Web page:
Working from Home Vs. Virtual Work: Which Is the Better Option for You and Your Business?
Words like “work” and “home” don’t mean what they used to. Today, millions of people do their jobs in the same places they live their lives. They can measure the distance to their offices, not in miles, but steps. They can wear practically anything to work (as long as the camera’s off). Workers can meet, coordinate projects, provide goods and services, and win business all from the comfort of their own desks, sofas, or dining tables.
But let’s be real. For as much as the world has changed, many aspects of working life have remained the same. Most people are still expected to be available to complete their tasks roughly between the hours of 9am and 5pm. Employers and their employees are located in the same metropolitan areas.
Meetings are still meetings. Customers are still customers. Deadlines are still deadlines. Work is still work.
…Well, for the most part. Some people and companies are realizing that the decline of the brick-and-mortar office offers new opportunities to redefine work, life, and the balance between the two. These individuals and organizations are not simply working from home, but operating under a new, more dynamic and flexible model: virtual work.
Working from Home, Virtual Work, Remote Work, Telecommuting: What’s the Difference?
This is one of the trickier things to understand for job-seekers and employers alike. Many misconceptions stem from the conflation of terms such as “remote work,” “virtual work,” “telecommuting,” and “working from home.”
Let’s use remote work as the umbrella term and divide things into two general categories: working from home (which encompasses telecommuting) and virtual work.
What Working from Home Means
Working from home means doing an office job at home. For example, if you worked at a physical location you shared with co-workers prior to the COVID-19 pandemic, were sent home, and got to keep your job, you were then or are now working from home.
When people work from home, they’re expected to do their jobs a certain way, show up and be available at certain times, and use the technology and tools their employers provide. They’re still employees working for the same companies. The main difference is where they’re working—not how, when, or how much they’re working.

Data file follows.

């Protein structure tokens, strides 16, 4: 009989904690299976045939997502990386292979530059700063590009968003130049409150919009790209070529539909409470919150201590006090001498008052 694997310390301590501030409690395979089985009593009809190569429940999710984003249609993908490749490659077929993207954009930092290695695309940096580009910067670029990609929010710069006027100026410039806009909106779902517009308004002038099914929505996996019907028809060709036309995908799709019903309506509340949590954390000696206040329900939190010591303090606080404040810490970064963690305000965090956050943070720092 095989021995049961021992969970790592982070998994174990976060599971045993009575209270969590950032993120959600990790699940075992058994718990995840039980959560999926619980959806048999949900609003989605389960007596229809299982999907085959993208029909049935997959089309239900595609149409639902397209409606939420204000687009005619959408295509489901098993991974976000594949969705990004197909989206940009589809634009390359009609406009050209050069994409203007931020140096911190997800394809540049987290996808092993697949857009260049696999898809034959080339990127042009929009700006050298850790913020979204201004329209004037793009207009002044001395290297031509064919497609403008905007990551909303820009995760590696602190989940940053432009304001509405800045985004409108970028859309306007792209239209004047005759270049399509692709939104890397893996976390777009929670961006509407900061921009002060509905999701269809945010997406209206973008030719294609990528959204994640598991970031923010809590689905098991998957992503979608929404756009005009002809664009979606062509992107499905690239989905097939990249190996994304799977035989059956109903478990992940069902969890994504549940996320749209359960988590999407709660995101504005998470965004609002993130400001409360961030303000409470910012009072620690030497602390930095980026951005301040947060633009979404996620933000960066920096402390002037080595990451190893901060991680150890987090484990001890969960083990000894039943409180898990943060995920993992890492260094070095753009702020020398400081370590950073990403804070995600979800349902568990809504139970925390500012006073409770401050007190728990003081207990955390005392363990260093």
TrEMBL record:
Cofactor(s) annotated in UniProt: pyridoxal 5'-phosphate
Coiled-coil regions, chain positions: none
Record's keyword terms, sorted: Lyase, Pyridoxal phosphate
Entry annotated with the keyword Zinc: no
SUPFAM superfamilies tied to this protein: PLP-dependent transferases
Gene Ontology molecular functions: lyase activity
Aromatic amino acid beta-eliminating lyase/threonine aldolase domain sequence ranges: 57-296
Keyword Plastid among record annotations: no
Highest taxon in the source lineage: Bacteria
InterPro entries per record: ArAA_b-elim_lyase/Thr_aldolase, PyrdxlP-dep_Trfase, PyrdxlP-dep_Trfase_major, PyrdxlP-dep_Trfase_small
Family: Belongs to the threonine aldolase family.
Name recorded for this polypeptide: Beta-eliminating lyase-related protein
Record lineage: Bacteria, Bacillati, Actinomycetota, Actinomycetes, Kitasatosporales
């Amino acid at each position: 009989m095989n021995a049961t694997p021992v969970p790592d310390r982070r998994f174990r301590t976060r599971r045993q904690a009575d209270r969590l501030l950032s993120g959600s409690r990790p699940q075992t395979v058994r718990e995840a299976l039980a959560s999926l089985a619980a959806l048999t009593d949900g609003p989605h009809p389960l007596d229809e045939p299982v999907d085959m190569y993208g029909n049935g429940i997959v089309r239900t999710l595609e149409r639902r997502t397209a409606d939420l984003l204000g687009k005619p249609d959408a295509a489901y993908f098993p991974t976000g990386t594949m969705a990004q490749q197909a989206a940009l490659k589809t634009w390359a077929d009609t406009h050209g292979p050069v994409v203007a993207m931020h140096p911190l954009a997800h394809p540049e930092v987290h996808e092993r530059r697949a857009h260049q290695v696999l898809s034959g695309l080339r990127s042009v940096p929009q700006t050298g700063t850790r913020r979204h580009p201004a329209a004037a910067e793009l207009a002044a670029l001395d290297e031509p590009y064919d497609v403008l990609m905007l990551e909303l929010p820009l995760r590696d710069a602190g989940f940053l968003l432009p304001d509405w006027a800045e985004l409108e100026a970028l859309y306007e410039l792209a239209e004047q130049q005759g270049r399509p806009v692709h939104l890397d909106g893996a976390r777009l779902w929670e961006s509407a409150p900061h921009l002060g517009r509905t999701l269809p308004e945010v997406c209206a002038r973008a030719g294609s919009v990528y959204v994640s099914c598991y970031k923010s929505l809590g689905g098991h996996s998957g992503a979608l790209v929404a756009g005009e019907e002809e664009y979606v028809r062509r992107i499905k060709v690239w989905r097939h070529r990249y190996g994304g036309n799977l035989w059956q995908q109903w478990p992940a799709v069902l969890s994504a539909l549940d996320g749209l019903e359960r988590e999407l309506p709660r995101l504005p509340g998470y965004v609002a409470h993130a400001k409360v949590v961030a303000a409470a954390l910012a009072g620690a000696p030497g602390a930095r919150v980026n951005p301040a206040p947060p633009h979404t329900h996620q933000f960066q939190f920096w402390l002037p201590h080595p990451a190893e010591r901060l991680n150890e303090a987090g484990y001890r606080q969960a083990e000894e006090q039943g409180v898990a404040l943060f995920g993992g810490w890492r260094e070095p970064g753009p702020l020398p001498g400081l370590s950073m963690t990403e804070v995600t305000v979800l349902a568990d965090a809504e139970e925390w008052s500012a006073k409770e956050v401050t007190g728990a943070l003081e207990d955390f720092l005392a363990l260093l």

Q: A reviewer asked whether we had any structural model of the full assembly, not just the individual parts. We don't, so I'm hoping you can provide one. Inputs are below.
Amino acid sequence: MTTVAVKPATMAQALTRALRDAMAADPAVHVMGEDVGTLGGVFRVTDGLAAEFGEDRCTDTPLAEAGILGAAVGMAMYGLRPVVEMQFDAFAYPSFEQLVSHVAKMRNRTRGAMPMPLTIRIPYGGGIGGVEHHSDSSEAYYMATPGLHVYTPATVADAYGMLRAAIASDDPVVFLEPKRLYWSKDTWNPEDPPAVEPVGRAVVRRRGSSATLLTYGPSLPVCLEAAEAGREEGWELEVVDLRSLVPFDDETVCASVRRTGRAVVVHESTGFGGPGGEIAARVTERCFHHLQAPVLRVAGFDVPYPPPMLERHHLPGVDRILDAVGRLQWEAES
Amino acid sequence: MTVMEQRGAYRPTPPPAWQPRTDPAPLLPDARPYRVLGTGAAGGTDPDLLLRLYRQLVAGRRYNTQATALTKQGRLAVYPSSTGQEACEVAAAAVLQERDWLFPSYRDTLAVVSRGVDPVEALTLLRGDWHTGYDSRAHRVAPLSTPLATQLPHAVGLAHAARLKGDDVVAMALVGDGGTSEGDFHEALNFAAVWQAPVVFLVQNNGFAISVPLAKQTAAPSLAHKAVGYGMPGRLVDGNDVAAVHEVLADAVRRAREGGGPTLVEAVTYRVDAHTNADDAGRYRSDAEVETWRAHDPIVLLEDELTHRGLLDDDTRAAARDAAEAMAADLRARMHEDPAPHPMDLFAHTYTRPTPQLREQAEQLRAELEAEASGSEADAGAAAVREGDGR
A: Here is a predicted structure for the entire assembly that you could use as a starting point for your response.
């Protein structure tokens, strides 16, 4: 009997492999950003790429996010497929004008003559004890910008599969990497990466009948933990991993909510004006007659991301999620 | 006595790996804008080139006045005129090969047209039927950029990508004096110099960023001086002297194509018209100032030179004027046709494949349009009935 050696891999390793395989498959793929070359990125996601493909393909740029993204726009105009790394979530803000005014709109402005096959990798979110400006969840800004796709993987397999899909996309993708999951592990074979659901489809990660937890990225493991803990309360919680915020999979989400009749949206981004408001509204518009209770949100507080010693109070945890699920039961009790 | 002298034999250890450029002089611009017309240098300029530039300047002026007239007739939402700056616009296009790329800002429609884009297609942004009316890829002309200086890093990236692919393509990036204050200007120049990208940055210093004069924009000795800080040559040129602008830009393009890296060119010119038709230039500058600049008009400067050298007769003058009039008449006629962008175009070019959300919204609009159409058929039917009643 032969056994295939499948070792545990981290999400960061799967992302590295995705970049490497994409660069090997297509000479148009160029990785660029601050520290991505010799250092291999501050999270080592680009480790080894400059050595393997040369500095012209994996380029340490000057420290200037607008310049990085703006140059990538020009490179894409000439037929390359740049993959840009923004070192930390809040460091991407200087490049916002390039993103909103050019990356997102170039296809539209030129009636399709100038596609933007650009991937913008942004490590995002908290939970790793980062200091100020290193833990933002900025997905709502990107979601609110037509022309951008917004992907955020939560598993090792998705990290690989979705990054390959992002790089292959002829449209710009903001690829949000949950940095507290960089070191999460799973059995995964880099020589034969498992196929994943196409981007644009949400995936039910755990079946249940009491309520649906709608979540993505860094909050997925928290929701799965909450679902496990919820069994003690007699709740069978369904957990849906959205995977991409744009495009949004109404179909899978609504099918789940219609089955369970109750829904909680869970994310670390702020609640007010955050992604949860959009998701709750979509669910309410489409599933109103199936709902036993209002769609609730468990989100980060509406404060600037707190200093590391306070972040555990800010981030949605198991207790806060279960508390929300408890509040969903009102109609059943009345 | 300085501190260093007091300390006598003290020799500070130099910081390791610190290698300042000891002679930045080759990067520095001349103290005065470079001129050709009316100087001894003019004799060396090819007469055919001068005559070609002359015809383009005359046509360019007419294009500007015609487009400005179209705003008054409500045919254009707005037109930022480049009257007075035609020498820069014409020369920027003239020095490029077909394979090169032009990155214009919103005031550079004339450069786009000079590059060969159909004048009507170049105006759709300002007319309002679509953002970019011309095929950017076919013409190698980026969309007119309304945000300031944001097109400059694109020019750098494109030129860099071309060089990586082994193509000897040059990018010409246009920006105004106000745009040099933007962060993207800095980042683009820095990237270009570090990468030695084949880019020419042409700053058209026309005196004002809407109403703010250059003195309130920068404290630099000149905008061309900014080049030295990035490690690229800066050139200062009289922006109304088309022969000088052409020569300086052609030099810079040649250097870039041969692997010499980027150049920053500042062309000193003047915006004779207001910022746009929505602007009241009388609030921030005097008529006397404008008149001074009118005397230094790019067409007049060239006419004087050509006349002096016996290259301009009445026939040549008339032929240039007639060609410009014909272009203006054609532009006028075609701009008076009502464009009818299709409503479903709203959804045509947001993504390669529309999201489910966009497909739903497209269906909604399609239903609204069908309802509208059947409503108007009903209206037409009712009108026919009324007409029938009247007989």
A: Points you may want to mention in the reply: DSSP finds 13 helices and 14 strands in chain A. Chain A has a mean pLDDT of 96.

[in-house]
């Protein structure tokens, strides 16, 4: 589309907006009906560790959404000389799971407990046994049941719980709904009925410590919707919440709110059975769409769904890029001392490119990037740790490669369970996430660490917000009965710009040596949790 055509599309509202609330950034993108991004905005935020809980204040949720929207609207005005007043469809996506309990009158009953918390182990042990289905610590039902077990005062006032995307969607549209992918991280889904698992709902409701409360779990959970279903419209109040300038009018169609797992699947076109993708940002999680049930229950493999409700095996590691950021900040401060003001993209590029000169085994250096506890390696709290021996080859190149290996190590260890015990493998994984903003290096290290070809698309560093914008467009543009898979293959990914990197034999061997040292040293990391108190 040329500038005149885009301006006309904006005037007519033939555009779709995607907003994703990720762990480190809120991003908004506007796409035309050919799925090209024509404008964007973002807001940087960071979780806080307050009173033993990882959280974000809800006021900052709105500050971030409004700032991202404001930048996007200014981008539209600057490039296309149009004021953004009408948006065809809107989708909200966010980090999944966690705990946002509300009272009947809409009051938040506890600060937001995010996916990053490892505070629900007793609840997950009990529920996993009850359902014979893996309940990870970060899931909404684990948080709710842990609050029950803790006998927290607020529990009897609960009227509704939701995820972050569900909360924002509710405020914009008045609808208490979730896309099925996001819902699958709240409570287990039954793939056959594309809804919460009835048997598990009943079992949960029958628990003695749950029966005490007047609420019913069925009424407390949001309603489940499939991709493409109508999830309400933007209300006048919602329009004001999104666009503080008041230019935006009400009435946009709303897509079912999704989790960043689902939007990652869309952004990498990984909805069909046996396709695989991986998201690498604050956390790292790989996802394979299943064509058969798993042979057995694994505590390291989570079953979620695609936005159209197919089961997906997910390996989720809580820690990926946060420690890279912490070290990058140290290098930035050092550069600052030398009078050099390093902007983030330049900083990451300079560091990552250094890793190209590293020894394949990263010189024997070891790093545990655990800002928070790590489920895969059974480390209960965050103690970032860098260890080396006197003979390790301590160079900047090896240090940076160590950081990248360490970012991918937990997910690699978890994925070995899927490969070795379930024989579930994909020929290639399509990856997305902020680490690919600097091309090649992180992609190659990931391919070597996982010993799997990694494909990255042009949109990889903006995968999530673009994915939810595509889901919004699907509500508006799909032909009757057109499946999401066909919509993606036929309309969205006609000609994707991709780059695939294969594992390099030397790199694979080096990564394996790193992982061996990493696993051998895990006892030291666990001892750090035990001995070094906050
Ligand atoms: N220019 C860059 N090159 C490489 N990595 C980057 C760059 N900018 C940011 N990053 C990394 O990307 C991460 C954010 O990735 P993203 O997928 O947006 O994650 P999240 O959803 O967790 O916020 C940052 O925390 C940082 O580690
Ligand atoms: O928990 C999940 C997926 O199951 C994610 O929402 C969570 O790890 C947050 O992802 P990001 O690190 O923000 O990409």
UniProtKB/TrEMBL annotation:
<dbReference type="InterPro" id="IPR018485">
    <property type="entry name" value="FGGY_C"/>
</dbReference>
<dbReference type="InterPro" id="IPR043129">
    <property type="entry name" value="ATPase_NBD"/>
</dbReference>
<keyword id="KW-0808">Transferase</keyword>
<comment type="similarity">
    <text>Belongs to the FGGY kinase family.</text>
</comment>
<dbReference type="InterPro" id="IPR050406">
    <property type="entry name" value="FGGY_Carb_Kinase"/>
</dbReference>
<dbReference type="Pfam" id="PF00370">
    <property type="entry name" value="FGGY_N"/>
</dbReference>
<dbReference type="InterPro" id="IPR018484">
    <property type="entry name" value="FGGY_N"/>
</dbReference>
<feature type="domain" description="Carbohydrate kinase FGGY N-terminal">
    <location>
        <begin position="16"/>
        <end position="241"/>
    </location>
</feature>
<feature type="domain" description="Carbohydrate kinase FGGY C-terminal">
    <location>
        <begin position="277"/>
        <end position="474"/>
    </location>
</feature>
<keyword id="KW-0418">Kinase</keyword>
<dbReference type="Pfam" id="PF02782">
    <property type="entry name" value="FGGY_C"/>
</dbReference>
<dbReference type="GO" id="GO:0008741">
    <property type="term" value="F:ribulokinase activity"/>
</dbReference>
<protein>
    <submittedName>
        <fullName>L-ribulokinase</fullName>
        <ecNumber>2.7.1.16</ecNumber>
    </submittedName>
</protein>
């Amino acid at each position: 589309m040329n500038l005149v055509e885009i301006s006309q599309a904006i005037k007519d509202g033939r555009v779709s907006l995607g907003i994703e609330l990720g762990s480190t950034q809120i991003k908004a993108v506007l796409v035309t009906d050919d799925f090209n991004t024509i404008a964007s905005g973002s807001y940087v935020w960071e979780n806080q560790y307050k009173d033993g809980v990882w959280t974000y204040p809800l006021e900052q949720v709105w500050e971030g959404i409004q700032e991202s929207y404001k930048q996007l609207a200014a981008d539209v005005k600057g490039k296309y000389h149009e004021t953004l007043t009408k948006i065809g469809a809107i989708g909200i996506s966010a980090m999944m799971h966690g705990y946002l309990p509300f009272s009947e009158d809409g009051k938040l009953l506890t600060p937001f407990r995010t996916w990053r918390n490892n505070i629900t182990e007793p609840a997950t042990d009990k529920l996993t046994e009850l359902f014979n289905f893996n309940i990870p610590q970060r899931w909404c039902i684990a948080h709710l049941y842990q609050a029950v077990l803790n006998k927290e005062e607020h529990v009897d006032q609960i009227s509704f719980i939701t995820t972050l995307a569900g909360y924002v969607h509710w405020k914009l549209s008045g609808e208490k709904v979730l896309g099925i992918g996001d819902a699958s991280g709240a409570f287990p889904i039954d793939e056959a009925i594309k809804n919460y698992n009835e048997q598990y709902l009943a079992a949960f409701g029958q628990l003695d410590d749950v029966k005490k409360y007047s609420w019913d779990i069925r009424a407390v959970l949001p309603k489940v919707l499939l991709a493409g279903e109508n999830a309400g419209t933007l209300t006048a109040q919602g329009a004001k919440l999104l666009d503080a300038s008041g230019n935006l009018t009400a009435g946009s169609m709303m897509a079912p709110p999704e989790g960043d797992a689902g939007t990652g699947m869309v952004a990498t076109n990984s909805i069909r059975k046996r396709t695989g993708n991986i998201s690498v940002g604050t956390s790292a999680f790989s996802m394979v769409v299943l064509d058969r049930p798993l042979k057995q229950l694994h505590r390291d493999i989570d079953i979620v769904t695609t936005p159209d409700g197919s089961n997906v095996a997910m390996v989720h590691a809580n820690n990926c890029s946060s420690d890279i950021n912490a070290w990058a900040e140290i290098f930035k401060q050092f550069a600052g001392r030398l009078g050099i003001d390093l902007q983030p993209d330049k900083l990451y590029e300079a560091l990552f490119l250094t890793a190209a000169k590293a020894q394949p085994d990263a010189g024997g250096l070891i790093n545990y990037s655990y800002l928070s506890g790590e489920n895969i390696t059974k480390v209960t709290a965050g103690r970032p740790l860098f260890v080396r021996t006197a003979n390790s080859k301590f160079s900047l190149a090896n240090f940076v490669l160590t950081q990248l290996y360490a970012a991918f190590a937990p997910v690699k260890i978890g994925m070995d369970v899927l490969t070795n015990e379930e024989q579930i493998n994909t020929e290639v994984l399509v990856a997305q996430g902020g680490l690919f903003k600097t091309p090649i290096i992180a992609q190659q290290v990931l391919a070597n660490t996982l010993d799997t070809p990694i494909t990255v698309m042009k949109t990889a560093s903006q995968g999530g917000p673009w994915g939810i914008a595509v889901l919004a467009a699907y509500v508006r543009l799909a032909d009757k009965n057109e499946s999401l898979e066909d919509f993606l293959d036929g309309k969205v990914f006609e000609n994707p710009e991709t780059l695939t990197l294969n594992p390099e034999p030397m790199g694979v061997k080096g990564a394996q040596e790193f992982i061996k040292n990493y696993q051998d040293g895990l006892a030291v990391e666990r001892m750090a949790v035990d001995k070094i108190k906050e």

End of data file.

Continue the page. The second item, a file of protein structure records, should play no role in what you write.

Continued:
This is why working from home is often called telecommuting. Rather than using a car to get to work, you’re using the internet.
What Virtual Work Means
Virtual work is a fundamentally different labor model. There’s no commute, tele- or otherwise.
In fact, there’s no need to limit oneself to a regional employer. Virtual workers can work for anyone at any time. They have room to set their own hours and schedules.
In many ways, virtual workers are the ones who call the shots. How, when, and how long they work depends on how much opportunity there is and how much time they’re willing to give. They can work as much or as little as they want, in the way they want to.
That level of freedom comes with distinct responsibilities. Virtual workers may have to provide their own tools and technology. Mindset matters as well. People who work virtually need to be self-motivated and self-disciplined—able to deliver quality work at a consistent pace with little manager or supervisor oversight.
Some people also refer to this as a “flexible work arrangement” (or simply “flex work”), or with some combination of the terms “virtual,” “flex,” and “on-demand.” Uber’s staffing model is often cited as an example of flex work. However, not all flexible jobs are virtual jobs. For instance, an Uber driver needs to be working within a certain physical location. Truly virtual jobs are both flexible and remote.
TLDR: Working from home and virtual work both happen remotely, but that’s where the similarities end. Virtual work is freer, more flexible, and more entrepreneurial than work-from-home arrangements.
What Are the Advantages of Virtual Work?
Virtual work offers numerous benefits for people and organizations.
Businesses that leverage virtual work…
- access talent when they need it
- reduce labor costs
- can staff up quickly for unanticipated surges
- source high-quality, motivated workers from anywhere
- reduce workforce turnover and burnout
People who choose virtual work…
- act as their own bosses
- set their own hours and schedules
- control the direction of their careers
- can find meaningful work wherever they live
- have the freedom to follow opportunities as they arise
That said, virtual work isn’t for everyone and every employer. To succeed as a virtual worker, a person needs to be intrinsically motivated rather than driven by short-term extrinsic rewards. In other words, building one’s own business and living life on one’s own terms needs to be more important than a pizza party at the end of the month.
For this reason, successful virtual workers tend to be more experienced than entry-level employees. They frequently have established lives, routines, and goals outside of their jobs. In fact, many choose virtual work because it gives them the flexibility to take care of their families or follow their creative pursuits.
Most businesses can benefit from embracing the virtual work model in some form, but many—including many enterprise companies—can’t implement it immediately by themselves. Transitioning to virtual work involves myriad security, training, and management considerations. You can’t just send everyone home and expect them to become self-sufficient remote professionals overnight. A better option would be to designate certain departments or people to switch, or to use a virtual work solution to supplement brick-and-mortar or work-from-home teams.
Whether you’re looking for a better way to work or a better way to source talent, Liveops makes it easy. We provide the people, learning, and security infrastructure you need to make the virtual flex model work for you and your business.